Monday, February 17, 2014

Writing 101: Who Are You?

I've written posts about finding your audience, figuring out your characters and working out your plot. But I've failed to address one of the fundamental issues I struggle with almost every day: who am I? If you're an author and lots of other things besides, you may also struggle with this very basic query.

If This is Belgium, It Must Be Tuesday

For me, the issue is probably a little more convoluted than most. I was born with a name, like most people, and got pretty used to it over the years. I'm a modern gal, but at his request I took my husband's name upon our marriage, so I acquired another name at this time. I earn my bread as a freelance writer by day, and for this I use a pen name. It's different from the pen name I'm using right now, which is the one I've reserved for certain self-publishing endeavors. I'm about to acquire another pen name for my day job (long story). So if I get a phone call, I have to clearly establish to whom the person wants to speak before I know who the heck I'm supposed to be.

It's a lot to deal with. I divide my day into parts, wherein I perform tasks for one name, then another, and eventually get to doing stuff for myself last. But sometimes it all becomes so overwhelming and confused, I don't know who "myself" is anymore. Am I supposed to be Jade right now, or someone else? I'll find myself triple-checking email accounts and Twitter screens because I'm afraid of confusing the one with the other.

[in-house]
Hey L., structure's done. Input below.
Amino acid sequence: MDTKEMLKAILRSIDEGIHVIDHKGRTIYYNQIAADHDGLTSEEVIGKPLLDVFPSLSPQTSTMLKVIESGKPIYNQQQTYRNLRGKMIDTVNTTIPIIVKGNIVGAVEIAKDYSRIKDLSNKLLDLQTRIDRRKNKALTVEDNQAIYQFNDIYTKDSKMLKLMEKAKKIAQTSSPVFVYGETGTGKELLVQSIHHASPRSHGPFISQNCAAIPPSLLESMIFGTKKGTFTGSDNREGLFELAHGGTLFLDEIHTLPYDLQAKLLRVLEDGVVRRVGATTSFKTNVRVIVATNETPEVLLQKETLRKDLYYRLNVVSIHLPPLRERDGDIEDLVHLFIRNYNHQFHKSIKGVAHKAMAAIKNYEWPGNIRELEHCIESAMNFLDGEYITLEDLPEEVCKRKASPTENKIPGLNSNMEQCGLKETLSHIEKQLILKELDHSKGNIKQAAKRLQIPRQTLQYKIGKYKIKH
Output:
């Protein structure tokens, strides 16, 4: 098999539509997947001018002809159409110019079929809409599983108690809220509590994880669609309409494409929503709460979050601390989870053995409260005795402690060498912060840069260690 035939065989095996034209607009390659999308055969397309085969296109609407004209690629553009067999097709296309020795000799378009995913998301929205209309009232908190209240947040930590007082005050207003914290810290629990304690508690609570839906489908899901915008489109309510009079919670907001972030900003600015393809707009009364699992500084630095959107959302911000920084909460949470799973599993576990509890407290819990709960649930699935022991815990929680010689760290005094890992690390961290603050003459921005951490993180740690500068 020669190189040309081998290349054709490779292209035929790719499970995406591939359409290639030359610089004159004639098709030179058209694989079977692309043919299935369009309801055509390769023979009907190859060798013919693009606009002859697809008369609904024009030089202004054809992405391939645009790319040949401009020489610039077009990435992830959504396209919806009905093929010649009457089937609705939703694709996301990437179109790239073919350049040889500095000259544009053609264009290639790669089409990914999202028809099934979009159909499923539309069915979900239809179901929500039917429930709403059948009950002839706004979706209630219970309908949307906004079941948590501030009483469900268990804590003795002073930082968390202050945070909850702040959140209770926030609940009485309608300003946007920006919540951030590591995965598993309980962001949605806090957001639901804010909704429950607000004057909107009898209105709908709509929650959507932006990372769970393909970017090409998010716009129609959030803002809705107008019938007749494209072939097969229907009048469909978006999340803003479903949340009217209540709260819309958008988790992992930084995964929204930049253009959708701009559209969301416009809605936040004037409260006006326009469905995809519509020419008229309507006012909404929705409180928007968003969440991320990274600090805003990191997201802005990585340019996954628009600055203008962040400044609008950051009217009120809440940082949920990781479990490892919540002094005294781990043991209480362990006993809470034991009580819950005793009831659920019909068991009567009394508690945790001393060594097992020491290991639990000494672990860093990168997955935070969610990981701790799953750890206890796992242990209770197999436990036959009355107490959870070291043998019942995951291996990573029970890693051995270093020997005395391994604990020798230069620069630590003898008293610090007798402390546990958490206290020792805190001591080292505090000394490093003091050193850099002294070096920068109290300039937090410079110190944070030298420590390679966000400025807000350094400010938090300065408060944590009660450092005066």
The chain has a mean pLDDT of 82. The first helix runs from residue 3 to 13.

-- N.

If you've experienced the same type of identity crisis, I understand your pain. And because I'm Jade right now, I know exactly how to help. This is what I do.

It's even easier than you think. I've learned that the key to keeping it straight is not to bring everything together, but to keep it all separate. For example, Jade uses one browser across every device I touch: Mozilla. But I've got the Chrome app on everything as well, and another name uses this for their business. I have a third browser that's used for another name. It helps that I keep some of my identities linked to Google, and I have a helpful picture in the corner that I won't ever changed because then I won't know which browser goes with whom. It is a little exhausting, admittedly, but I don't get my different identities mixed up. Even their documents are stored in folders beginning with their initials (I mark a lot of stuff with initials). 

How you access your stuff, how you label your folders and files and which devices you use for what all matter. Set rules and boundaries on each of your identities; know what goes with whom. Use one cloud for this name, a different cloud for that one. Keeping your interests separate is the only way to keep them straight. The name you use as a self-published author is your professional name, so keep it professional. Put your personal stuff somewhere else, access it through different programs and remember who you are when you're online. Otherwise, your identity crisis could turn into a real crisis.

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